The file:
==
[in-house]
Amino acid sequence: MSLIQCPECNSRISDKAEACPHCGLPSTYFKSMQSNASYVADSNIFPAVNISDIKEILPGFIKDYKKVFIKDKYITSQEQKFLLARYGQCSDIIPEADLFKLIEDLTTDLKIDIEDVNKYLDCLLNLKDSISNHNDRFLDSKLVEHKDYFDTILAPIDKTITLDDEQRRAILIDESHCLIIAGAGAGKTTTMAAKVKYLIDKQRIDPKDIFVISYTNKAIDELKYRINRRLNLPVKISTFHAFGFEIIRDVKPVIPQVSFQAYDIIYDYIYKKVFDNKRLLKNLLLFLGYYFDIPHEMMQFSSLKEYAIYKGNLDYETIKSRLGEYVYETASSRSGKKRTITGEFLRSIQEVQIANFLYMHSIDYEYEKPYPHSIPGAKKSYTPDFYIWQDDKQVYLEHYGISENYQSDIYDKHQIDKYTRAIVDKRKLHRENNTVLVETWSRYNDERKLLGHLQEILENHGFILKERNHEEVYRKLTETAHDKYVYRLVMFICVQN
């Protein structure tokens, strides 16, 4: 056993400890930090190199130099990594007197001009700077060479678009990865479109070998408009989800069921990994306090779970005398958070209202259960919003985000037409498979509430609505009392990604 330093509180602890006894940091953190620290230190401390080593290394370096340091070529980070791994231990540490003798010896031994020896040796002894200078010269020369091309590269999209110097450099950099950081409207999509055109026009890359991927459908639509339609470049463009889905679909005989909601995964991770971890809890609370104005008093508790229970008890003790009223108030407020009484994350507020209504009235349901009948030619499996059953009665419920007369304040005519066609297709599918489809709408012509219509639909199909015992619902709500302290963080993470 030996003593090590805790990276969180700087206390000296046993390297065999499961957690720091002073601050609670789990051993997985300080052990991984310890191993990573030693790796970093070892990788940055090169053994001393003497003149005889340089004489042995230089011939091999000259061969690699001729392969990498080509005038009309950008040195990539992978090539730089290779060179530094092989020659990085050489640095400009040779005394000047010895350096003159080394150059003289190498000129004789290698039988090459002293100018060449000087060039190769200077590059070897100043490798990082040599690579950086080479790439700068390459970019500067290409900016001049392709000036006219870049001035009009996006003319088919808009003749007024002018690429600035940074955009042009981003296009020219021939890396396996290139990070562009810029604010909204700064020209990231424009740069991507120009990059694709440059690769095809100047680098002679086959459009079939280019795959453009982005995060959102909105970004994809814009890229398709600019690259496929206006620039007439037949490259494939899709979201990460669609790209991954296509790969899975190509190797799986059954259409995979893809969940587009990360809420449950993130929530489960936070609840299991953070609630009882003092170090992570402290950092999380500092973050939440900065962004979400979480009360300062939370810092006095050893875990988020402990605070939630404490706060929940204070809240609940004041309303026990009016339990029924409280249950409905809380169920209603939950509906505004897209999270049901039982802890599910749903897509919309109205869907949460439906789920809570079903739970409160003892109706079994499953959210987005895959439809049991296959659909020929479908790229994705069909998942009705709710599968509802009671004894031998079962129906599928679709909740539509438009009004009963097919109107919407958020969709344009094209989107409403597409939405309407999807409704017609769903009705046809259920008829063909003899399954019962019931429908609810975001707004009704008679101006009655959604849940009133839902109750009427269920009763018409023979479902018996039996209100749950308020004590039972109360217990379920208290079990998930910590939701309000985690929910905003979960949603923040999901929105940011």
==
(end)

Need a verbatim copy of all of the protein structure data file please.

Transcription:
[in-house]
Amino acid sequence: MSLIQCPECNSRISDKAEACPHCGLPSTYFKSMQSNASYVADSNIFPAVNISDIKEILPGFIKDYKKVFIKDKYITSQEQKFLLARYGQCSDIIPEADLFKLIEDLTTDLKIDIEDVNKYLDCLLNLKDSISNHNDRFLDSKLVEHKDYFDTILAPIDKTITLDDEQRRAILIDESHCLIIAGAGAGKTTTMAAKVKYLIDKQRIDPKDIFVISYTNKAIDELKYRINRRLNLPVKISTFHAFGFEIIRDVKPVIPQVSFQAYDIIYDYIYKKVFDNKRLLKNLLLFLGYYFDIPHEMMQFSSLKEYAIYKGNLDYETIKSRLGEYVYETASSRSGKKRTITGEFLRSIQEVQIANFLYMHSIDYEYEKPYPHSIPGAKKSYTPDFYIWQDDKQVYLEHYGISENYQSDIYDKHQIDKYTRAIVDKRKLHRENNTVLVETWSRYNDERKLLGHLQEILENHGFILKERNHEEVYRKLTETAHDKYVYRLVMFICVQN
């Protein structure tokens, strides 16, 4: 056993400890930090190199130099990594007197001009700077060479678009990865479109070998408009989800069921990994306090779970005398958070209202259960919003985000037409498979509430609505009392990604 330093509180602890006894940091953190620290230190401390080593290394370096340091070529980070791994231990540490003798010896031994020896040796002894200078010269020369091309590269999209110097450099950099950081409207999509055109026009890359991927459908639509339609470049463009889905679909005989909601995964991770971890809890609370104005008093508790229970008890003790009223108030407020009484994350507020209504009235349901009948030619499996059953009665419920007369304040005519066609297709599918489809709408012509219509639909199909015992619902709500302290963080993470 030996003593090590805790990276969180700087206390000296046993390297065999499961957690720091002073601050609670789990051993997985300080052990991984310890191993990573030693790796970093070892990788940055090169053994001393003497003149005889340089004489042995230089011939091999000259061969690699001729392969990498080509005038009309950008040195990539992978090539730089290779060179530094092989020659990085050489640095400009040779005394000047010895350096003159080394150059003289190498000129004789290698039988090459002293100018060449000087060039190769200077590059070897100043490798990082040599690579950086080479790439700068390459970019500067290409900016001049392709000036006219870049001035009009996006003319088919808009003749007024002018690429600035940074955009042009981003296009020219021939890396396996290139990070562009810029604010909204700064020209990231424009740069991507120009990059694709440059690769095809100047680098002679086959459009079939280019795959453009982005995060959102909105970004994809814009890229398709600019690259496929206006620039007439037949490259494939899709979201990460669609790209991954296509790969899975190509190797799986059954259409995979893809969940587009990360809420449950993130929530489960936070609840299991953070609630009882003092170090992570402290950092999380500092973050939440900065962004979400979480009360300062939370810092006095050893875990988020402990605070939630404490706060929940204070809240609940004041309303026990009016339990029924409280249950409905809380169920209603939950509906505004897209999270049901039982802890599910749903897509919309109205869907949460439906789920809570079903739970409160003892109706079994499953959210987005895959439809049991296959659909020929479908790229994705069909998942009705709710599968509802009671004894031998079962129906599928679709909740539509438009009004009963097919109107919407958020969709344009094209989107409403597409939405309407999807409704017609769903009705046809259920008829063909003899399954019962019931429908609810975001707004009704008679101006009655959604849940009133839902109750009427269920009763018409023979479902018996039996209100749950308020004590039972109360217990379920208290079990998930910590939701309000985690929910905003979960949603923040999901929105940011």